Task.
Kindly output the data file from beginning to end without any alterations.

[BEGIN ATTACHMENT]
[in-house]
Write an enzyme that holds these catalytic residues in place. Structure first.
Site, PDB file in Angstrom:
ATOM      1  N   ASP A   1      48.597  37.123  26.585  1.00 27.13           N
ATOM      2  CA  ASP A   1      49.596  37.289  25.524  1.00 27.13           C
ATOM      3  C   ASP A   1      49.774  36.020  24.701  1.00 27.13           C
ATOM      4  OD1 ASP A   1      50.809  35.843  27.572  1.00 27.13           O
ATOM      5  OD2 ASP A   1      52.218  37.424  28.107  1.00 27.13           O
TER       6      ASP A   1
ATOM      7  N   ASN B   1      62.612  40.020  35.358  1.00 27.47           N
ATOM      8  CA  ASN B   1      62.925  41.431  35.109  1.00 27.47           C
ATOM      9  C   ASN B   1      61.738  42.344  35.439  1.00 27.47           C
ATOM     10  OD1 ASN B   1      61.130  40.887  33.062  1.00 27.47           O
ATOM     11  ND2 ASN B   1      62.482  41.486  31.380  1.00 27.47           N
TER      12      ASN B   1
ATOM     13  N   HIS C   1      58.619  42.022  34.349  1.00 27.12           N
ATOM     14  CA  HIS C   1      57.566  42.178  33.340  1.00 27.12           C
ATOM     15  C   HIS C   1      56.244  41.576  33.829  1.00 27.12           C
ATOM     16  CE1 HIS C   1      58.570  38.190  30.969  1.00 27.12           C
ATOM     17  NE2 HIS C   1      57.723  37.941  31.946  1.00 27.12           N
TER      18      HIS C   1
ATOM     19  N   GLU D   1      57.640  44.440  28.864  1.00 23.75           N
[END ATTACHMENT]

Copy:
[in-house]
Write an enzyme that holds these catalytic residues in place. Structure first.
Site, PDB file in Angstrom:
ATOM      1  N   ASP A   1      48.597  37.123  26.585  1.00 27.13           N
ATOM      2  CA  ASP A   1      49.596  37.289  25.524  1.00 27.13           C
ATOM      3  C   ASP A   1      49.774  36.020  24.701  1.00 27.13           C
ATOM      4  OD1 ASP A   1      50.809  35.843  27.572  1.00 27.13           O
ATOM      5  OD2 ASP A   1      52.218  37.424  28.107  1.00 27.13           O
TER       6      ASP A   1
ATOM      7  N   ASN B   1      62.612  40.020  35.358  1.00 27.47           N
ATOM      8  CA  ASN B   1      62.925  41.431  35.109  1.00 27.47           C
ATOM      9  C   ASN B   1      61.738  42.344  35.439  1.00 27.47           C
ATOM     10  OD1 ASN B   1      61.130  40.887  33.062  1.00 27.47           O
ATOM     11  ND2 ASN B   1      62.482  41.486  31.380  1.00 27.47           N
TER      12      ASN B   1
ATOM     13  N   HIS C   1      58.619  42.022  34.349  1.00 27.12           N
ATOM     14  CA  HIS C   1      57.566  42.178  33.340  1.00 27.12           C
ATOM     15  C   HIS C   1      56.244  41.576  33.829  1.00 27.12           C
ATOM     16  CE1 HIS C   1      58.570  38.190  30.969  1.00 27.12           C
ATOM     17  NE2 HIS C   1      57.723  37.941  31.946  1.00 27.12           N
TER      18      HIS C   1
ATOM     19  N   GLU D   1      57.640  44.440  28.864  1.00 23.75           N